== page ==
here for PDF format
here for participants' responses to this interview.
Kolderie, Founder of Education / Evolving
Civic Caucus, 8301
Creekside Circle, Bloomington, MN 55437
January 7, 2011
Janis Clay, Jim Hetland (phone), Dan Loritz (chair), Jim Olson (phone),
Tim McDonald, Wayne Popham (phone), Clarence Shallbetter. Bob White
Summary of internal meeting:
Kolderie presented a set of ideas:
Service is limited as
a way of solving problems, so...
We need alternatives
to service, but ...
We can't transform a
system comprehensively, so realistically, ...
Change comes gradually
through innovation in a context of choice
The caucus discussed
how to capture this message and apply it in its work and through
interviews in 2011.
Welcome and introductions-Today's
meeting is scheduled as an internal working session, to discuss messages
the Civic Caucus could convey during the legislative session. Ted Kolderie
has been invited to share some comments he made earlier in the week to a
gathering of people interested in public sector redesigns.
For 12 months under
the guidance of the Different Choices public statement the Civic
Caucus has held weekly conversations with individuals and organizations
with thoughts for rethinking aspects of the public sector. These many good
ideas, proposals, and initiatives are represented by the recent summary
and survey of Civic Caucus participant feedback and comments.
Now that the
legislative session has opened, the Civic Caucus is turning attention to
the question of strategies state leaders may employ to support innovation.
The Caucus asked Ted
Kolderie to describe how the strategy developing in Education|Evolving
might be applied as
works to both save money and improve performance generally in the public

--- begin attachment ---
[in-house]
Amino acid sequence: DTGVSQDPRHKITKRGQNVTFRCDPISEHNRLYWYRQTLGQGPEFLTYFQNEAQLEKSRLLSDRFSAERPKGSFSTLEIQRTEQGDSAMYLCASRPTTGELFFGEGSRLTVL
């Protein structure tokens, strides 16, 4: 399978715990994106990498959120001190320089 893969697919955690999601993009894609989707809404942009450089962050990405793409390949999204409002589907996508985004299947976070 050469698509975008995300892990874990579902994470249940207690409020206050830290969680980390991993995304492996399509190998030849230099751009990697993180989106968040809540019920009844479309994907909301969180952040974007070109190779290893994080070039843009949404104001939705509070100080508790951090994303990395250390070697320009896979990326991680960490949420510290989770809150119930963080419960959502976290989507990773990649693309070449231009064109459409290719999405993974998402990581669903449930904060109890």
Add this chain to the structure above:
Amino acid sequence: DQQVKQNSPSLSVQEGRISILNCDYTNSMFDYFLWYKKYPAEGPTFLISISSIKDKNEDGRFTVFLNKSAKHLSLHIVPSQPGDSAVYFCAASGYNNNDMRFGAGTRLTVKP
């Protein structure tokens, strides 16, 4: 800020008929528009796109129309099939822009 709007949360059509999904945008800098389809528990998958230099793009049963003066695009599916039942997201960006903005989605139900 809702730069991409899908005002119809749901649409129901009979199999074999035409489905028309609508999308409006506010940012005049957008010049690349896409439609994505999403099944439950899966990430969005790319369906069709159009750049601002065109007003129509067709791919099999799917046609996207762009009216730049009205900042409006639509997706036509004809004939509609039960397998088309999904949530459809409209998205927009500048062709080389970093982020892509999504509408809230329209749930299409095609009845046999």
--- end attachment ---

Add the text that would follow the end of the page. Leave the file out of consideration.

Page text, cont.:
sector. The participants then considered how such a perspective may inform
the Caucus' work in the coming year. The discussion went about as follows:
Comments and discussion-Monday
evening I spoke to the Redesign Discussion Group; people from different
corners of the policy field who agreed on the need for redesign to be a
In any successful
effort at redesign there has to be a method; an answer to the question,
How? You can articular the problem; you can reaffirm the goal. But in
the end there has to be a way to get it done.
Unfortunately both of
the two common strategies proposed are defective.
The first is
incremental improvement; the notion that our job is to take what we
have and make it better. It means working within the givens-within the
traditional structures and processes. As Joe Graba says, the assumption is
that our problems are problems of performance; not of design. We simply
need to execute better. With better management or better leadership or
better financing the existing organizations will change and improve the
way they do things.
This is usually
defended as "being practical." In fact it is im-practical. Nothing
fundamental ever changes. The system remains closed to real innovation.
And we need major change. People tend to describe any change as
'innovation.' But we're talking about the need for fundamentally different
approaches to solving problems and reaching goals.
When Bill Marx (Chief
Fiscal Analyst, Minnesota House) visited with the Caucus earlier this year
he mentioned that someone once put down 'reform' by saying you can take a
piece of paper fold it all kinds of different ways-but it's still a piece
of paper. That does somewhat under-rate the potential for change. Tim over
there could be taking notes with a pencil, on paper. In fact he's typing
on his laptop.
The second method
commonly advanced for redesign is comprehensive transformation, or